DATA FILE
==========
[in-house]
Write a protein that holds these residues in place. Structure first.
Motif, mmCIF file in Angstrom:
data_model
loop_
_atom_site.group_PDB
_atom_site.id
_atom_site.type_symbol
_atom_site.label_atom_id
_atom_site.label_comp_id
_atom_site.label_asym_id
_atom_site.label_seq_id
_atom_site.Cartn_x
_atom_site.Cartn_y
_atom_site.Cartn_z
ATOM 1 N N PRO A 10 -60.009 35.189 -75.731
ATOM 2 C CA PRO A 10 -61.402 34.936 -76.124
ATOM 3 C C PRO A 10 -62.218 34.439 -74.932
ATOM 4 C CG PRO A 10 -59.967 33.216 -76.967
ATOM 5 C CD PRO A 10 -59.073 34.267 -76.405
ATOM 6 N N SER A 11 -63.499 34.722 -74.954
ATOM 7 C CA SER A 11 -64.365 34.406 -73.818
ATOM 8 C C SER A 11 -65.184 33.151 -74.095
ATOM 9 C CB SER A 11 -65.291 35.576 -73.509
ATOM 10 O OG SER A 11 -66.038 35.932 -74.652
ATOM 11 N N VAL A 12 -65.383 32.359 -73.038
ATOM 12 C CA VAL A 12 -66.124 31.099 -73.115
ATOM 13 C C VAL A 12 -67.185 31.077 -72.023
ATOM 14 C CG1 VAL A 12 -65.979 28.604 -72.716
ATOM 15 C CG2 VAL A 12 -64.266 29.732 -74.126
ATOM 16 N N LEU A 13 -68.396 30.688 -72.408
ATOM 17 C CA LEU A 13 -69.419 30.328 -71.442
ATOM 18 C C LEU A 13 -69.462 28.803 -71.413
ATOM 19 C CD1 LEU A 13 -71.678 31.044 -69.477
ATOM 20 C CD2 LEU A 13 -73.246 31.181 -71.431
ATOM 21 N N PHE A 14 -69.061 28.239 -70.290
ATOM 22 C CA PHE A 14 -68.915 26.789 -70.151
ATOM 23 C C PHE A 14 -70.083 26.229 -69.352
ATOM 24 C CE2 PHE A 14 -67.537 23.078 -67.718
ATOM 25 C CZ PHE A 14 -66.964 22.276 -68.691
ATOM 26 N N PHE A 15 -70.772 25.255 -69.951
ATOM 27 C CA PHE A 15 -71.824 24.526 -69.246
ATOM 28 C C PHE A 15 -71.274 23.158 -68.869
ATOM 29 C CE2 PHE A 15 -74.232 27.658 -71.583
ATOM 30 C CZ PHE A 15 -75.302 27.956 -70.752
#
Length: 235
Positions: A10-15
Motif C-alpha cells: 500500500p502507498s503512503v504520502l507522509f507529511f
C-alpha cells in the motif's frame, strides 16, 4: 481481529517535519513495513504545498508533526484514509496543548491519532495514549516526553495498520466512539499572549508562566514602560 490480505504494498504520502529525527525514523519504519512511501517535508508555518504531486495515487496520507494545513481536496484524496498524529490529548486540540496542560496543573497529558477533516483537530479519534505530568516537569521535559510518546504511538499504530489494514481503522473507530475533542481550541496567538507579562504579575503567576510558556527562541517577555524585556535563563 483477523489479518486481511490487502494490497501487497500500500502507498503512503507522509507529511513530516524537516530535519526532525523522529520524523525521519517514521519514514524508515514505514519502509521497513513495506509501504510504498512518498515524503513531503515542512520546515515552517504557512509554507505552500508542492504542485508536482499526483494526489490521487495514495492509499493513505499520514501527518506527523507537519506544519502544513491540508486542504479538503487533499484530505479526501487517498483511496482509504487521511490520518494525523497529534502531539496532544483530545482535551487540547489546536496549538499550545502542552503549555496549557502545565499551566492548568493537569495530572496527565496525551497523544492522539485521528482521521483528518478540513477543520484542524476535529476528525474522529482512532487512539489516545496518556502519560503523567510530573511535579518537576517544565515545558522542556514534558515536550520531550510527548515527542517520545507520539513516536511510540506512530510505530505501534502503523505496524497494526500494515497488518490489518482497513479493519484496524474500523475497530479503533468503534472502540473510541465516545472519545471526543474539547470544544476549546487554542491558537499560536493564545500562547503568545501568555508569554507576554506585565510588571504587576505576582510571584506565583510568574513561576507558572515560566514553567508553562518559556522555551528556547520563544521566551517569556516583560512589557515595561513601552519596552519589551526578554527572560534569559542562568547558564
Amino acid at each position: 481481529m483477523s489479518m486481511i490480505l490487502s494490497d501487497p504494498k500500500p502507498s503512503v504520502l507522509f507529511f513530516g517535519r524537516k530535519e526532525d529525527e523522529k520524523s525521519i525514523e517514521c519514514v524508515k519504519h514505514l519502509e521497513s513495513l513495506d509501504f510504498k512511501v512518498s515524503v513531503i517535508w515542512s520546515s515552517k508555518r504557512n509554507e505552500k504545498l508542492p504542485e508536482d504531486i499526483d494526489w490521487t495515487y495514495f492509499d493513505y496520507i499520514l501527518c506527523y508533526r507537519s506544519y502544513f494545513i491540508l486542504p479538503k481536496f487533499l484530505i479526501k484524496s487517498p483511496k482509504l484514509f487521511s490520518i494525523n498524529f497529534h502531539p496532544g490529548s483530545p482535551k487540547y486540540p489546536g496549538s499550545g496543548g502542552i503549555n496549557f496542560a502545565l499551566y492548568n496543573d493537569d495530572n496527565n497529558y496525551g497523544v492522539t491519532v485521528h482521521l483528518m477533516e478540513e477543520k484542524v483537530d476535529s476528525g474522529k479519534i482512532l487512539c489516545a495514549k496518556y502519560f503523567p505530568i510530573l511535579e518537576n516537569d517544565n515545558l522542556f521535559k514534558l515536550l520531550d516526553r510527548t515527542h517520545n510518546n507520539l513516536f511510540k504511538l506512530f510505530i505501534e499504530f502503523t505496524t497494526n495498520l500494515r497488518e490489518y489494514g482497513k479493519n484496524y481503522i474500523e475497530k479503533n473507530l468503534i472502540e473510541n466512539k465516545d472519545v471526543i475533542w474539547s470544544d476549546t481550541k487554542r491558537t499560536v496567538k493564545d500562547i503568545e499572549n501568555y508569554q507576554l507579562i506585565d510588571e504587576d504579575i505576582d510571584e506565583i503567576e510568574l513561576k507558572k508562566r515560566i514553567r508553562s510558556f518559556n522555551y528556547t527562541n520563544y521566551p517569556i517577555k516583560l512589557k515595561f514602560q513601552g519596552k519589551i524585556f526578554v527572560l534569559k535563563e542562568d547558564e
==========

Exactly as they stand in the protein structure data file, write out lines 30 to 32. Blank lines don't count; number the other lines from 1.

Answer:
ATOM 15 C CG2 VAL A 12 -64.266 29.732 -74.126
ATOM 16 N N LEU A 13 -68.396 30.688 -72.408
ATOM 17 C CA LEU A 13 -69.419 30.328 -71.442